There are three modes of difficulty: casual, intermediate and expert. The main differences between each mode are the blocks that appear, with the harder levels featuring larger blocks that drop more frequently. Each stage has a score goal, and achieving this goal earns you star icons. These are used to unlock new songs and stages. Players can also earn power-ups such as multipliers and bombs that can help them beat the stage faster and get an even higher score. Best of all these power ups can be leveled up as you achieve the stage's highest score. Power-ups are fairly standard in puzzle games, but the ability to level them is a welcome addition. The game also features over 50 stages, with the idea of successfully hitting all the beats and scoring chains of blocks likely to keep players at it for a while.

The music is also a winning aspect of Groovin' Blocks. The songs are able to provide a level of challenge when it comes to keeping the beat, while creating a smooth and pleasing atmosphere that reminds you of the hottest clubs around. Not all of the songs are winners, but the soundtrack does both of its jobs well.

The title also shines in terms of its options, . providing plenty of setup options to create a more personalized and appropriate experience. Players can synch the audio and the image in the event that gameplay seems off, and there's even a color blind mode for those players that have issues telling the colors apart. It's always great to see developers offer the player the opportunity to tweak the game in the event of an unforeseen issue.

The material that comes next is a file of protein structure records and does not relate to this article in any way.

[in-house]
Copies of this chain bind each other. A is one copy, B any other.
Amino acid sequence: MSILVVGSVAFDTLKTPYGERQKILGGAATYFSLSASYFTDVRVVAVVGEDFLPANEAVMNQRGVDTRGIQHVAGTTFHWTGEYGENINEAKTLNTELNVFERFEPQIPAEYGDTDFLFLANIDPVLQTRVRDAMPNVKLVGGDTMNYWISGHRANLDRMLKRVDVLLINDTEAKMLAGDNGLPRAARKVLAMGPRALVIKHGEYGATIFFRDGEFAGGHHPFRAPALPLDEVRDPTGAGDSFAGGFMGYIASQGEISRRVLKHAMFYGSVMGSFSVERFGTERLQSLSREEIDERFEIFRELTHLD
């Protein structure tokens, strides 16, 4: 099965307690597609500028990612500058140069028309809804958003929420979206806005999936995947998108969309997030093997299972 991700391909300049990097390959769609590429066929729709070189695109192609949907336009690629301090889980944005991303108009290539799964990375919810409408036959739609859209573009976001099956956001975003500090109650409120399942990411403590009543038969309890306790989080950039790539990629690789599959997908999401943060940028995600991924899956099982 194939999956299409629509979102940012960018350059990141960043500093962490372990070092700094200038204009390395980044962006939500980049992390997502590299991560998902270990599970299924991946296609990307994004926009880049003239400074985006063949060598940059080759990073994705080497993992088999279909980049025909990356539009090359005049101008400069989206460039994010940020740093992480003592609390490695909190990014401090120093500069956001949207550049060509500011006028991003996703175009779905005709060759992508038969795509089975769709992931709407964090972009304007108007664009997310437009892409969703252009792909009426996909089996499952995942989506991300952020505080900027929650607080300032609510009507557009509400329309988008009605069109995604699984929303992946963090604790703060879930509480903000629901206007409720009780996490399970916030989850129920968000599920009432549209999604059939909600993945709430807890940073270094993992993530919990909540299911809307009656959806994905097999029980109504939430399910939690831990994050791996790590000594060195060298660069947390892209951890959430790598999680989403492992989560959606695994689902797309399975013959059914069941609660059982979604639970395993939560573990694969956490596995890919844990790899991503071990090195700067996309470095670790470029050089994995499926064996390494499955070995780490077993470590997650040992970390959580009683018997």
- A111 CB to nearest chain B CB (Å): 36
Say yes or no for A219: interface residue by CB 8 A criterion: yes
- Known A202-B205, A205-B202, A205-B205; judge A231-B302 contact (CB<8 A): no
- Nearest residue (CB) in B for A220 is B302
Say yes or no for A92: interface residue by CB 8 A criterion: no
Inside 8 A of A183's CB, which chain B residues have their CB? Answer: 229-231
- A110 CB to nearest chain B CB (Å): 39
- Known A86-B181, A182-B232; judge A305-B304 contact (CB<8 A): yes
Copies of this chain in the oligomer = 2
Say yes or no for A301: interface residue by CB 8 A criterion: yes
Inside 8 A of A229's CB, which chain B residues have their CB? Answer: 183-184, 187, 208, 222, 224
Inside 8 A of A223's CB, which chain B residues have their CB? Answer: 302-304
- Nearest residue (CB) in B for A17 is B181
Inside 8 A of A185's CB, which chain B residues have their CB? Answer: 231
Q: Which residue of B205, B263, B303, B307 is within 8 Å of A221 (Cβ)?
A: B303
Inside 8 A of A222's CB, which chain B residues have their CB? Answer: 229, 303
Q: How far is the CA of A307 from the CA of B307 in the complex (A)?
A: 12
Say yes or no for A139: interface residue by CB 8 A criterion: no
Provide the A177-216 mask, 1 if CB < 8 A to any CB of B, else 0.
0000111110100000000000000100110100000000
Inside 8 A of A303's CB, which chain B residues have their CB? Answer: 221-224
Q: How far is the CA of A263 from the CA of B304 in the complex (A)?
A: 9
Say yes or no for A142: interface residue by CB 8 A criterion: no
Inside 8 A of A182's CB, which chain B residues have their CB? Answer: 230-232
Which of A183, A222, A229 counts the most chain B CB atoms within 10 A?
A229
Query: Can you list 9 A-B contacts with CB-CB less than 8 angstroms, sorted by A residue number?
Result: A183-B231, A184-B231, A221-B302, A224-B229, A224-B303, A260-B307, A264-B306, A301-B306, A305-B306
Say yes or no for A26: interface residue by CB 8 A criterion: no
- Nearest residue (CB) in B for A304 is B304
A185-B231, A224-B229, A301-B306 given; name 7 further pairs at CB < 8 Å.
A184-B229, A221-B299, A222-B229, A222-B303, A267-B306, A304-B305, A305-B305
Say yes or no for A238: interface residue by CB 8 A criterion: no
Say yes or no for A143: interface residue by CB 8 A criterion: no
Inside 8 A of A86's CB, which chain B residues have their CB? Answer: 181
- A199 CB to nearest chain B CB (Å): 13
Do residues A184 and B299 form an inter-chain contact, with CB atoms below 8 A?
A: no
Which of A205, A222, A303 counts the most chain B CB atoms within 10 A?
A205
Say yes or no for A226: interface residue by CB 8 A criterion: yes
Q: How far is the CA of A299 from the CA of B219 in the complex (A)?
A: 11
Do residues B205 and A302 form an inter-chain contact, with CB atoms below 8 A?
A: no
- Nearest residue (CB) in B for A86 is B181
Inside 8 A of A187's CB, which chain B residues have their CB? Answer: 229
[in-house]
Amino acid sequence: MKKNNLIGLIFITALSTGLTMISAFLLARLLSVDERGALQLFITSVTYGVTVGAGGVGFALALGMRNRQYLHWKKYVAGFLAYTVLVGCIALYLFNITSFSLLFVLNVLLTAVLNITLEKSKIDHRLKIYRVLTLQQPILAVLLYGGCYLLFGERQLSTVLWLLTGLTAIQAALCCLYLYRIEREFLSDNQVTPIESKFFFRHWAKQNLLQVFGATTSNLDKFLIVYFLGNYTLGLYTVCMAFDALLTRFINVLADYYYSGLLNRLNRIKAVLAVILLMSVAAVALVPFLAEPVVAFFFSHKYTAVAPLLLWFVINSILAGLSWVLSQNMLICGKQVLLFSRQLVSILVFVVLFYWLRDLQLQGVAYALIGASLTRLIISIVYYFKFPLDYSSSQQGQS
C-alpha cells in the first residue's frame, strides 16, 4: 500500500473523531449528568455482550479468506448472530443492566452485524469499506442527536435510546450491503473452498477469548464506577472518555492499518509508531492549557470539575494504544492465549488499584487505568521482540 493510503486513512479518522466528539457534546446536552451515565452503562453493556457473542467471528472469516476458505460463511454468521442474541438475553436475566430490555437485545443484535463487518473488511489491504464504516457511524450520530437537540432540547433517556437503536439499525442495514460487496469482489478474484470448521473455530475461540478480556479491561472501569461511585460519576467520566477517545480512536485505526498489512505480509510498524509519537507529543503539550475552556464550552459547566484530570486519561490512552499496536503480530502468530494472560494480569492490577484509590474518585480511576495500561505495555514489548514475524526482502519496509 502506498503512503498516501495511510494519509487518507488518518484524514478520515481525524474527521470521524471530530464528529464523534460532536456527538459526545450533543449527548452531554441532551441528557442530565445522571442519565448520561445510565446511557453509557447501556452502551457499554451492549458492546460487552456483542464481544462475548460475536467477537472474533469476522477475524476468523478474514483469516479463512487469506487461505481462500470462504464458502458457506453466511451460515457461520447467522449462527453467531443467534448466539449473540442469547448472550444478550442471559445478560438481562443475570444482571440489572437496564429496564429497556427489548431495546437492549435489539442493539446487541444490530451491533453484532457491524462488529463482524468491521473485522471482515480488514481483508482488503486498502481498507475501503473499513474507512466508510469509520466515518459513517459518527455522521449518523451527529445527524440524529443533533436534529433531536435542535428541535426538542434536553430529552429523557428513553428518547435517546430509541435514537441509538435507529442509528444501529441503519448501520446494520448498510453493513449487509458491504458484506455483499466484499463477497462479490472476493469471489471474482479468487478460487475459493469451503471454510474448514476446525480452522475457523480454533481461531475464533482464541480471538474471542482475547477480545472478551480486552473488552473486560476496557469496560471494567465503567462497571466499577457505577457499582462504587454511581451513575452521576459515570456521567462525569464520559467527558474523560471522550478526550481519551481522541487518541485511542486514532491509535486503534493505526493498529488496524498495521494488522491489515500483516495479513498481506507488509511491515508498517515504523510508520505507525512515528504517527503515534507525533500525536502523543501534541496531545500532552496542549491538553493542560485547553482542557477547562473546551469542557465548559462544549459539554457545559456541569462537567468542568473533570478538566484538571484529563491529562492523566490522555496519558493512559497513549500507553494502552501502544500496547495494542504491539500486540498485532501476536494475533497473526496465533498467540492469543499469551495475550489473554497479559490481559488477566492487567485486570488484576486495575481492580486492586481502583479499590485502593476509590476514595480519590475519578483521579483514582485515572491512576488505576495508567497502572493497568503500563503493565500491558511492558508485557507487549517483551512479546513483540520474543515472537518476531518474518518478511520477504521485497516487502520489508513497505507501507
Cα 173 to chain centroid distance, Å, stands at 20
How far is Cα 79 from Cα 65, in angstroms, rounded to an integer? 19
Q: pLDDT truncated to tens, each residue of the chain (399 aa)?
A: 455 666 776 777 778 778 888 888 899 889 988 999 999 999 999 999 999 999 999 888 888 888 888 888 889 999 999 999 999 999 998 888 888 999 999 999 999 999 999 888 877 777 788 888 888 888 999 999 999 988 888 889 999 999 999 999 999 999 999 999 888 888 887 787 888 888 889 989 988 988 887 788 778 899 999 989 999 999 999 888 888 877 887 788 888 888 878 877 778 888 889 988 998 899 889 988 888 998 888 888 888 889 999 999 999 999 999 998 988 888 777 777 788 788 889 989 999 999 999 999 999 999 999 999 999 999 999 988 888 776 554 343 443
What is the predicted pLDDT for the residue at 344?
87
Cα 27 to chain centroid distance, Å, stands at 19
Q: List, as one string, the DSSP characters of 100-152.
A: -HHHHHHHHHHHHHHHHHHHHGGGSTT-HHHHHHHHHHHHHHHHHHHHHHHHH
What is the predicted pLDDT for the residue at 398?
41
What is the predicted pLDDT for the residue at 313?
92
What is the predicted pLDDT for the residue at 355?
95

The only major drawback with this version of Groovin' Blocks is that it's nearly identical to the WiiWare version, despite the addition of new songs. The only decision buyers needto make is whether they want more content or quick accessibility. Regardless of the version you buy, you will be getting a unique and fun puzzler that proves that the genre can still be innovated- even if you have to mix two different genres to create a new one.


Graphics Sound Control Gameplay Lastability Final
8 8.5 9 9 9 8.5

Groovin' Blocks is not meant to be a title that pushes visual boundaries, but its bright colors and groovy atmosphere do the job of creating a lively setting without being too distracting.


With music being an integral part of the gameplay, the soundtrack does a really nice job of being both catchy and pleasing while adding challenge and fun to the puzzle elements.


Groovin' Blocks uses the Wii Remote on its side, as well as the Classic Controller , as the main methods of control. Both work well; they are simple and very quick to learn.